Breaking down Gresham's dropped catches against Houston last year

This is sort of random, but in reflection of last year's disappointing ending...

Perhaps the biggest goat, not named Rey Maualuga, in last season's playoff loss to Houston was Gresham. Though targeted seven times, he only had two receptions and several dropped passes. Another target of ridicule was also Kyle Cook, who many claim allowed interior pressure on Dalton.

After carefully reviewing the game, I'm not buying it.

The following images recap six of the seven targeted plays for Gresham (the seventh being a simple uncontested flat route).

Target #1 - Incompletion
On the second offensive play of the game, Dalton clearly has great pass protection with a wide open Gresham coming across the middle on a quick slant...

...for what should have been a simple pass, Dalton throws high and slightly behind Gresham. Though this pass was certainly catchable, Dalton should have been able to hit him in stride in the chest and deserves some blame.Dalton-gresham1b_zps08a0996d_medium

Target #2 - Incompletion
On the very next play, Dalton targets Gresham again. Notice the clean pocket Dalton has to throw from...

...on this third down play, it's tough to tell who should have been targeted. Jones, who is not shown in the pic below, seemed to be covered on the left side. Leonard is open across the middle, but probably would have been stopped short of the first down marker. Green at the top of the screen looks open, though probably would have been picked off by the nearest defender who had turned towards the pass. Hawkins (on the left side of the picture) running a post into open territory probably would have been the best option. Instead, Dalton tries to force it into Gresham at the 50 yard line who is draped with a defender for a contested incomplete pass.Dalton-gresham2b_zps79641f8b_medium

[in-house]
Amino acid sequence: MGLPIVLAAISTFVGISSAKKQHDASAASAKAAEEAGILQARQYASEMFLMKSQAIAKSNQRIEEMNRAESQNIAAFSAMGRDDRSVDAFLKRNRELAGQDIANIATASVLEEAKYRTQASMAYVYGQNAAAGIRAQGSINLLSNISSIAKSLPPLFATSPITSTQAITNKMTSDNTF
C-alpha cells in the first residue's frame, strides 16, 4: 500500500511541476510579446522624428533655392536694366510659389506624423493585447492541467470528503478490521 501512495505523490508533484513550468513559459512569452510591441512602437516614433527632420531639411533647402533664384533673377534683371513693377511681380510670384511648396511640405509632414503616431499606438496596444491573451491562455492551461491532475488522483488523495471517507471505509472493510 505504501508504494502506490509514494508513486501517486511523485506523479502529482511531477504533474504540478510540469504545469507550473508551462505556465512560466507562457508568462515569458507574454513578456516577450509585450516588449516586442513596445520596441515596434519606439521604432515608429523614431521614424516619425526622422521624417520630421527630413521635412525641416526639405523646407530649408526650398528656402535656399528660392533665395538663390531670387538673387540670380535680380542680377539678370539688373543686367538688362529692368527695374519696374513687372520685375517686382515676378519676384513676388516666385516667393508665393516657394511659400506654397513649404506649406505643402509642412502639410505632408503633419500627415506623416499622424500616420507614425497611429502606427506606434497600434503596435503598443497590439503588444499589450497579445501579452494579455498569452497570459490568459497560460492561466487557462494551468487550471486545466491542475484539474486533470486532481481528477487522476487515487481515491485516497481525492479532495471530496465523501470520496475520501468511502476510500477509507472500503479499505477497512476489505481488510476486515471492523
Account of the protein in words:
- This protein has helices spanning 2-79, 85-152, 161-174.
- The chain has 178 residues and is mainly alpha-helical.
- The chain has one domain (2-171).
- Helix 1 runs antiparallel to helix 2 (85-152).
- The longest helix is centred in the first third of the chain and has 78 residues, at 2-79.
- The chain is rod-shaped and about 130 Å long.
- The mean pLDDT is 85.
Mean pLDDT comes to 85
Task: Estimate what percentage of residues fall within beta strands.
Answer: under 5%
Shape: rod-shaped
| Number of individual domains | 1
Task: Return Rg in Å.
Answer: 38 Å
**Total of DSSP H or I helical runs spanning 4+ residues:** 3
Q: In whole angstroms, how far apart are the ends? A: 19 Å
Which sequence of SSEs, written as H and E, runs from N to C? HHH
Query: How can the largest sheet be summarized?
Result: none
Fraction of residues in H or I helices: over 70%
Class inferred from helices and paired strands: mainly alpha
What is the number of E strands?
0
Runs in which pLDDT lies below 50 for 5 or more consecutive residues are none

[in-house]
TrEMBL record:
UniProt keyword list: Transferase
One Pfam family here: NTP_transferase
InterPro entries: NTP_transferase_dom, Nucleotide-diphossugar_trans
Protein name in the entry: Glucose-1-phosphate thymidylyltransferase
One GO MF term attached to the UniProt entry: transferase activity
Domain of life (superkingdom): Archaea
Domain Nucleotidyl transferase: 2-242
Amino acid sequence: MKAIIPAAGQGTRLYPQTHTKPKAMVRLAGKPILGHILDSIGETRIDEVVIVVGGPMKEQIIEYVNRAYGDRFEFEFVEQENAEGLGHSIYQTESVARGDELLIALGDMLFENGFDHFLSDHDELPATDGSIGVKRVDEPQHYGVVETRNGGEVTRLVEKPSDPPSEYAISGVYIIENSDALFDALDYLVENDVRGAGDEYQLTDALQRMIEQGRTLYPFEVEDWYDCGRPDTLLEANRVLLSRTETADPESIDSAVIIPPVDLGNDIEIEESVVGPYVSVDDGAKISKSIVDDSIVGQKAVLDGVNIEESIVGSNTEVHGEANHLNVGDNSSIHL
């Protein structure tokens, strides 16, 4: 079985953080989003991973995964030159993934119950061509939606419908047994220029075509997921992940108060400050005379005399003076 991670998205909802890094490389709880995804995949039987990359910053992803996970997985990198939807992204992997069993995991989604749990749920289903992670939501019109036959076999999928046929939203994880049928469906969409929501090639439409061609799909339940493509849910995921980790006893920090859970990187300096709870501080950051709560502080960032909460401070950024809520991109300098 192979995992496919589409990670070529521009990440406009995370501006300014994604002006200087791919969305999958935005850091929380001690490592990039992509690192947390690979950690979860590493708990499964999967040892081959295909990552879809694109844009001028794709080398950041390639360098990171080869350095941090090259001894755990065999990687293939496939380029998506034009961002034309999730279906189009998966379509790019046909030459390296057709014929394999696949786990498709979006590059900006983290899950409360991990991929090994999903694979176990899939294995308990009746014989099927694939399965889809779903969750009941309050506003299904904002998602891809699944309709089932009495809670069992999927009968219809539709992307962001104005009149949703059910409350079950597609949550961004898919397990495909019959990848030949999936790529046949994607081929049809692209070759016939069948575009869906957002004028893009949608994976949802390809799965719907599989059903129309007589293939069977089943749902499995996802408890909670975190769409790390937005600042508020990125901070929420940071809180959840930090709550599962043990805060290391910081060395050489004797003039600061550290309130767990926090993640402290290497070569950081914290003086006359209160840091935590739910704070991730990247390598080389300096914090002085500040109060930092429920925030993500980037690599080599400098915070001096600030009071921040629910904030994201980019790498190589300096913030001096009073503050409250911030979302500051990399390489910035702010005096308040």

[Target #3 not shown - 3 yard reception on a flat route]

Target #4 - Incompletion
Later in the second quarter, Dalton again with no pressure in the pocket has Gresham running a post pattern (down the right seam) clear of any defenders undercutting his route...

...and once again, Dalton throws high and slightly behind forcing Gresham to turn around and leap for a poorly thrown ball resulting in an incompletion. I'll concede this is another pass Gresham should have caught, but Dalton made it unnecessarily difficult.

Target #5 - Incompletion
Dalton with plenty of time to throw looks deep to Gresham (to the right of the picture) who has beaten his man....Dalton-gresham4a_zps9369e531_medium

...however under throws for a broken up pass.Dalton-gresham4b_zps55261f15_medium

Target #6 - 6 yard completion
Finally Dalton connects with Gresham over the middle...Dalton-gresham5a_zps822fa582_medium

...though the pass was still a little high requiring Gresham to leap for it.Dalton-gresham5b_zps5c4eff57_medium

Target #7 - Incompletion
For the second to last offensive play of the game, Dalton with great protection targets Gresham one final time...

...who is heavily covered resulting in a deflected pass, while Hawkins remains wide open to his left..

In summary, just based on these plays, I'd make the following conclusions:

  • Pass protection was not Dalton's Achilles's heal. In every one of the aforementioned plays, Dalton had great protection, in part by Kyle Cook.
  • Gresham did not drop any easy (in my opinion) passes and has perhaps been unfairly criticized as a scapegoat.
  • Dalton seems to struggle at keeping the ball down to targets over the middle, which could be due to his shorter height, three-quarter delivery, and typical deep drop in the pocket. Essentially, Dalton has to throw the ball upward over the line with enough arc to avoid being batted down while dropping enough to be caught - which is tough to do with his limitations. Perhaps Eifert with his long 6'6" frame will make it a bit easier to throw over the middle, but not much versus Gresham at 6'5".

This is a FanPost and does not necessarily reflect the views of Cincy Jungle's writers or editors. It does reflect the views of this particular fan though, which is as important as the views of Cincy Jungle's writers or editors.

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